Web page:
Author, musician Spatz coming home to Lanesborough to share his work
LANESBOROUGH -- Author and fiddler Gregory Spatz developed a love of reading and music while growing up in Lanesborough. And in the next two weekends, Spatz will return to the Berkshires to share both of his crafts.
Spatz, now a resident of Spokane, Wash., will be on hand at the Lanesborough Library this weekend to read from his most recent book. And next weekend, he will appear with his bluegrass band at the FreshGrass Festival at Mass MoCA in North Adams.
A writing professor, Spatz recently published his fifth book, "Half as Happy," with Indianapolis, Ind., company Engine Books. "Half as Happy" contains eight short stories written over 10 years; it's described by Spatz as a "nice coherent package."
Pulitzer Prize-winning author Paul Harding said the stories are "wonderful and rare" and "will mend readers' hearts even as they break them."
On Sunday, he'll try out the latest on the local crowd, reading from the book during an hourlong event at the library beginning at 2 p.m.
In an interview this week, Spatz said he's read from his books locally in the past but never before in the town where he grew up -- let alone in the library he grew up reading in.
"[The library] is a half-mile from my house," he said. "I can remember walking down there as a kid. It had never occurred to me before [to have a reading there] but when it did I thought it'd be a really great idea.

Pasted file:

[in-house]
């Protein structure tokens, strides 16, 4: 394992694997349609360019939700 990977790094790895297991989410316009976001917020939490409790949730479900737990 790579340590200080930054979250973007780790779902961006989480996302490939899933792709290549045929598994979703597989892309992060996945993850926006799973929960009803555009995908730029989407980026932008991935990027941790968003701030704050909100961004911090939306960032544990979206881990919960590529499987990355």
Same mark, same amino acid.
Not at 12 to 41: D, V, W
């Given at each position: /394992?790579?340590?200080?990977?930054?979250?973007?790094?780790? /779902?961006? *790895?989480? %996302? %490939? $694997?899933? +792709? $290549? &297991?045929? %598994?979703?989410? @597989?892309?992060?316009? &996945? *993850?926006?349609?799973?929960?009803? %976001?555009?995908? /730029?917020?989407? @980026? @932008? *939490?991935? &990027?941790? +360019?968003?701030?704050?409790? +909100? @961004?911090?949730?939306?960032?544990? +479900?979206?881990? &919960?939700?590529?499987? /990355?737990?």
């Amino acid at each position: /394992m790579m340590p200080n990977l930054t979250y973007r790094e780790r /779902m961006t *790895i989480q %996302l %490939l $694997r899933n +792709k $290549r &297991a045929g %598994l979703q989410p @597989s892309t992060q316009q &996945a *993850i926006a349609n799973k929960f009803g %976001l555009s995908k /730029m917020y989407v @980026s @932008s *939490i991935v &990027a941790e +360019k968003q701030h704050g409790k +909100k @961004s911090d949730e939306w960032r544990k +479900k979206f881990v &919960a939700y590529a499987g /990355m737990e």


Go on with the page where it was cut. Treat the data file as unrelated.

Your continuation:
"Last year I read at the Barnes & Noble in Pittsfield," he said. "I thought I'd do just as well in a place where you don't have to compete for people's attention or hear Muzak playing in the background."
Spatz said he hoped the reading might become a "a kind of impromptu Mount Greylock Regional High School class of 1982 reunion." He'll also sign copies of the book and take questions from attendees.
Spatz teaches in the Master of Fine Arts program at the Inland Northwest Center for Writers in Spokane, Wash. His other books include "Inukshuk," "Fiddler's Dream," "No One But Us," and "Wonderful Tricks."
His stories have been carried in publications like The New Yorker, Glimmer Train Stories and The New England Review, among others. His favorite from the new collection, "No Kind of Music," concerns a man coping with tragedy through his love for classical music.
Spatz's own musical passion is for bluegrass -- he plays fiddle with the band John Reischman and the Jaybirds, who play roughly 80 shows a year all over North America.
The band, which also has upcoming dates in Brooklyn, Portland, Maine, and Boston, will perform Saturday, Sept. 21 during the FreshGrass Festival at Mass MoCA.
"We're excited to play there," Spatz said. "It looks like an interesting and eclectic lineup."
n Lanesborough Public Library, 83 Main St. Lanesborough: Gregory Spatz will read from "Half as Happy" from 2-3 p.m.
n FreshGrass Festival, Mass MoCA, Sept. 20-22:
John Reischman and the Jaybirds will play a set on Saturday, Sept. 21 at 3:45 p.m.
To reach Phil Demers:
or (413) 464-1527.
On Twitter: @BE_PhilD
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